H. B. Willman and John C. Frye
The term Cenozoic means "recent life."
Extent and Thickness
Except for small areas, mainly in western and northern Illinois, rocks of Tertiary age are restricted to extreme southern Illinois (figs. K-1, T-1), whereas deposits of Quaternary age occur throughout the state (fig 11).
The Cenozoic Erathem-- the strata deposited during the Cenozoic Era (Philips, 1840)-- consists of the Tertiary and Quaternary Systems, which comprise all deposits in Illinois younger than those of the Cretaceous System of Mesozoic age, including those now being deposited.
Only a minor unconformity separates the oldest Cenozoic (Tertiary) strata from the youngest Mesozoic (Cretaceous). As the Oligocene and Miocene Series are not present in Illinois, a prominent unconformity separates the oldest Tertiary (Paleocene and Eocene) from the youngest Tertiary (Pliocene) rocks. A major unconformity also separates the Tertiary from the Quaternary. However, because the Cretaceous and Tertiary Systems are missing in much of Illinois, the Quaternary System, which covers more than 95 percent of the state, lies directly and unconformably on Paleozoic rocks in most places.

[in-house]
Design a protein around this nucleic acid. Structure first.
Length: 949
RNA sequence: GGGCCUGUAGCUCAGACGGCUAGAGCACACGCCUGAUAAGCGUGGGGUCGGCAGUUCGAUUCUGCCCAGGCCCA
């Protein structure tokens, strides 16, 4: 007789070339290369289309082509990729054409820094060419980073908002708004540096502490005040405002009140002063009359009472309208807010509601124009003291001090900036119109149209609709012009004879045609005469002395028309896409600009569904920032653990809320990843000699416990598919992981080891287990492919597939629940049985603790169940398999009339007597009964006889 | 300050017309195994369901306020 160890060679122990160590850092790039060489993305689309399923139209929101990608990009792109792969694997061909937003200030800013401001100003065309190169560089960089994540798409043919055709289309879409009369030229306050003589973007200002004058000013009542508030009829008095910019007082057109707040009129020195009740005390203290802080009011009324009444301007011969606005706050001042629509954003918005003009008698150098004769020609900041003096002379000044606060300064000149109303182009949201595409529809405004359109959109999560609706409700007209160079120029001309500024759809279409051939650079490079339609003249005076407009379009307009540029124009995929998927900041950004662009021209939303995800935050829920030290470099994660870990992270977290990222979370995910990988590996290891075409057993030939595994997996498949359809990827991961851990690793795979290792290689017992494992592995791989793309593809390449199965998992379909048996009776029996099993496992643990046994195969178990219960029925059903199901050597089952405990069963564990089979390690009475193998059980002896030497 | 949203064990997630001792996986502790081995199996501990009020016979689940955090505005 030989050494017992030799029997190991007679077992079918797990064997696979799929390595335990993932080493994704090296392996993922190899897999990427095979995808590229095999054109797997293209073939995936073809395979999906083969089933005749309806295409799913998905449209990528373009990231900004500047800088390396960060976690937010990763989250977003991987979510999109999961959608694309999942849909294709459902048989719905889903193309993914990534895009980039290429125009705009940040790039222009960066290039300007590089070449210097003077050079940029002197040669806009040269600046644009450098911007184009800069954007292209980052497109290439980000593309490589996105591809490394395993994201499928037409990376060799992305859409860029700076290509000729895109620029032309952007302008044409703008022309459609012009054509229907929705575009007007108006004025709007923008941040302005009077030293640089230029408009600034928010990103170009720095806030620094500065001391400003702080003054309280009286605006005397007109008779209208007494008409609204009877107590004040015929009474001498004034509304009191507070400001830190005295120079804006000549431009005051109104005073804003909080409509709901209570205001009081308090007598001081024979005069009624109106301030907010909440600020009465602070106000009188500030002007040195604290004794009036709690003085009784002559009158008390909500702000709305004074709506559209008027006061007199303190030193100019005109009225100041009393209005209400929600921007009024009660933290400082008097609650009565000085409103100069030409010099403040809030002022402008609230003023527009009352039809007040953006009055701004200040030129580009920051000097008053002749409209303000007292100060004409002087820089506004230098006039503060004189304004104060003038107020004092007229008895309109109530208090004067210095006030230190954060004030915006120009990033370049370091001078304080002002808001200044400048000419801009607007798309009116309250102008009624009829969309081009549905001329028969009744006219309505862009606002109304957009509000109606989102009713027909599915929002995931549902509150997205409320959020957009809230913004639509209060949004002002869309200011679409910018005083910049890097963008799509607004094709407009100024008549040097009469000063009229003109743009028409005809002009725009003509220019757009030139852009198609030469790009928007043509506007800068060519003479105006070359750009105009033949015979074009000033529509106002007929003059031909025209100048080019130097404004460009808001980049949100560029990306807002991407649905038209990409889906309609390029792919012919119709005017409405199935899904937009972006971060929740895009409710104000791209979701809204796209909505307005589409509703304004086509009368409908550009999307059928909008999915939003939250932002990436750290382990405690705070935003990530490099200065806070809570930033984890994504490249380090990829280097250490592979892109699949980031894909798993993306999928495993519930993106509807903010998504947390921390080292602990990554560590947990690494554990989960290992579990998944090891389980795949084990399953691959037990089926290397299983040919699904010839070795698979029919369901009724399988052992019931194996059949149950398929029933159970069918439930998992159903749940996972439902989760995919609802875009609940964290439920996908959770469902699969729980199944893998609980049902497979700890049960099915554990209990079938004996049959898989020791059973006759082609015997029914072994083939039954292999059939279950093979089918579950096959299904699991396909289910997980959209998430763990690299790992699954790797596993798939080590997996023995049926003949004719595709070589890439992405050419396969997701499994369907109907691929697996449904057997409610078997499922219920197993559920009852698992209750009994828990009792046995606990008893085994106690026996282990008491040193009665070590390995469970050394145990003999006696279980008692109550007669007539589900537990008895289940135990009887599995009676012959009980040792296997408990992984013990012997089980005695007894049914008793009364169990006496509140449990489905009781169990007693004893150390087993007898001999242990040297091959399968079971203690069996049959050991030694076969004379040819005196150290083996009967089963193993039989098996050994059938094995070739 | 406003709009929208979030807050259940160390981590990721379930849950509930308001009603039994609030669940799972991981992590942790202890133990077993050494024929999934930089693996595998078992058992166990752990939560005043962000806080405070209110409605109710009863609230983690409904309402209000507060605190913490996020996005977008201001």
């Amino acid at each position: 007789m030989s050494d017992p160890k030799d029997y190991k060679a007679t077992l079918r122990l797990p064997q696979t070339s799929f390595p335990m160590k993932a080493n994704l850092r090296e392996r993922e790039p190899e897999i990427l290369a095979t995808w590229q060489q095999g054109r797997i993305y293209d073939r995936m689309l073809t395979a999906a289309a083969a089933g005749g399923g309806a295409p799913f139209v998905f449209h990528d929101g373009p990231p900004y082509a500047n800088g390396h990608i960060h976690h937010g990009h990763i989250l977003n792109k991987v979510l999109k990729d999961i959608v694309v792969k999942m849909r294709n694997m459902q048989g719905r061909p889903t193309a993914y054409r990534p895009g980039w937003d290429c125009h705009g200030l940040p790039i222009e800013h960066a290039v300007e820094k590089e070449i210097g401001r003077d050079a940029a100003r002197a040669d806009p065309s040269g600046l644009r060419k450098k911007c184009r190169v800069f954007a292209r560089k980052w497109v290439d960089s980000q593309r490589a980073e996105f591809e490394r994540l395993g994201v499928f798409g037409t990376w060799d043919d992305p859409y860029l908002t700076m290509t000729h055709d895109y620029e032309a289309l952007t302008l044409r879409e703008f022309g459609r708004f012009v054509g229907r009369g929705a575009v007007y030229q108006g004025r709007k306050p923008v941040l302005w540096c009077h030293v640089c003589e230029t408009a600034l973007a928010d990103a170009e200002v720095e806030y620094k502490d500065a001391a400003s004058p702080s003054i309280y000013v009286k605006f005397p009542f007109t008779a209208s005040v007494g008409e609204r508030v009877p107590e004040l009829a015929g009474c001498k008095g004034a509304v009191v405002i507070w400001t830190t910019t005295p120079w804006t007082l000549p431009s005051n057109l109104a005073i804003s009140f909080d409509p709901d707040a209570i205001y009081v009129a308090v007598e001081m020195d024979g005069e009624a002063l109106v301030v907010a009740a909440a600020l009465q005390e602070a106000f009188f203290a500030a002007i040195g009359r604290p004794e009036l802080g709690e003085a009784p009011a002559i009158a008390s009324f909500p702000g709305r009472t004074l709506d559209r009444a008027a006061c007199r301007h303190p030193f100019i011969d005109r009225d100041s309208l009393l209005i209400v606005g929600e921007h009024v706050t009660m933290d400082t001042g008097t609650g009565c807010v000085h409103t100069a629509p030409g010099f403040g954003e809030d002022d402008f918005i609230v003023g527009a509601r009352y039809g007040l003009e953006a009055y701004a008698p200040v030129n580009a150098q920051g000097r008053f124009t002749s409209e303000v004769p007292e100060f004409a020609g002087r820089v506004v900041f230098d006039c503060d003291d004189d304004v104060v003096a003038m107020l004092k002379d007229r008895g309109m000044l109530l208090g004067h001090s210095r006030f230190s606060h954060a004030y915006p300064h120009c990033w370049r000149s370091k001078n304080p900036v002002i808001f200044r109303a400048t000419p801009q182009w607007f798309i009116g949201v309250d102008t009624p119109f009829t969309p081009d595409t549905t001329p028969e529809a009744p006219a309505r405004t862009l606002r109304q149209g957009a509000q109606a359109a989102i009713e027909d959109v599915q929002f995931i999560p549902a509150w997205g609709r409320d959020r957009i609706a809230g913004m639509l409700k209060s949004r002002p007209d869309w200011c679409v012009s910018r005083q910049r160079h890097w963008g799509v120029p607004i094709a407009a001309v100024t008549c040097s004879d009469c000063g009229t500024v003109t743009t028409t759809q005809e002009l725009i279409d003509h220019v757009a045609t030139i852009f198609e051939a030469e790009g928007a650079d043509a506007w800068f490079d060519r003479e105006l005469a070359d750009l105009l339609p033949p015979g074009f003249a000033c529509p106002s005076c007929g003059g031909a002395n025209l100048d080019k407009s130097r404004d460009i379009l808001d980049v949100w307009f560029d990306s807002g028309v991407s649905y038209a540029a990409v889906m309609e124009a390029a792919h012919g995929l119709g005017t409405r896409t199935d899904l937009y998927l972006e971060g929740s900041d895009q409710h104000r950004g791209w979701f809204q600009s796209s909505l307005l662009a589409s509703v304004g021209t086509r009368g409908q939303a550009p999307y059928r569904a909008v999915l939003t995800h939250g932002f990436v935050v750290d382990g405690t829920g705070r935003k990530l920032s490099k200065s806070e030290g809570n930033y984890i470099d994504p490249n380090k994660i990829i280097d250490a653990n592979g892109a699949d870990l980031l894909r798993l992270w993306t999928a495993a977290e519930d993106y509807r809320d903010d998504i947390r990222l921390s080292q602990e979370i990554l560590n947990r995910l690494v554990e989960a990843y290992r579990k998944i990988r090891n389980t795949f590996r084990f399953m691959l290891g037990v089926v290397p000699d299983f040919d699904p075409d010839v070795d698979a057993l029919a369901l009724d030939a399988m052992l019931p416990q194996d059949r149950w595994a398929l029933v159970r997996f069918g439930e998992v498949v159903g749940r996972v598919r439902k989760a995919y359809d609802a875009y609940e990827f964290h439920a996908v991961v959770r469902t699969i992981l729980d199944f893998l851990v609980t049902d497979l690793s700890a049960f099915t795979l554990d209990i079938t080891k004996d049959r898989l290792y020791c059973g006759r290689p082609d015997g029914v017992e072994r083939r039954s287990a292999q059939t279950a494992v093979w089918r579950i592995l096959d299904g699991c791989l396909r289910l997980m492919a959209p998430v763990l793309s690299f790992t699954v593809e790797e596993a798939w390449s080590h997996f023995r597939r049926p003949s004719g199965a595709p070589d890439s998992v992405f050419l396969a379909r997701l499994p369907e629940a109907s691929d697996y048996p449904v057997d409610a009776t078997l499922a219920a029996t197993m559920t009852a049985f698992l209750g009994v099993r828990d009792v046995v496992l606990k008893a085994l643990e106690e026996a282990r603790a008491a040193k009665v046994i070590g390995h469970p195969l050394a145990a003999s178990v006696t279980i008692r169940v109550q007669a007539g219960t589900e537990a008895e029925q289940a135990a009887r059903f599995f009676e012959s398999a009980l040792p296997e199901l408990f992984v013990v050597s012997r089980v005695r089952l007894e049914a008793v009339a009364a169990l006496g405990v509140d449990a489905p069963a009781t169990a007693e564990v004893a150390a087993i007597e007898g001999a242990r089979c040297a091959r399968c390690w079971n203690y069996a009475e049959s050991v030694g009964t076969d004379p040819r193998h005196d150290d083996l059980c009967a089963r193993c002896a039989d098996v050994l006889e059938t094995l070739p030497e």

The older, Tertiary rocks include marine deposits of the Mississippi Embayment, whereas the younger are entirely continental. The Quaternary strata include the glacial deposits that cover 80 percent of Illinois, the loess that mantles nearly all of the state, floodplain alluvium along the rivers and streams, lake and swamp deposits in some lowland areas, sand dunes on terraces and bordering uplands, and the soils that have been developed on most of these deposits.
Many of the Cenozoic rocks are abundantly fossiliferous, and even the oldest have many species nearly like those of the present day.
PHILLIPS, J., 1840, Penny cyclopedia: v. 17, p. 153-154.
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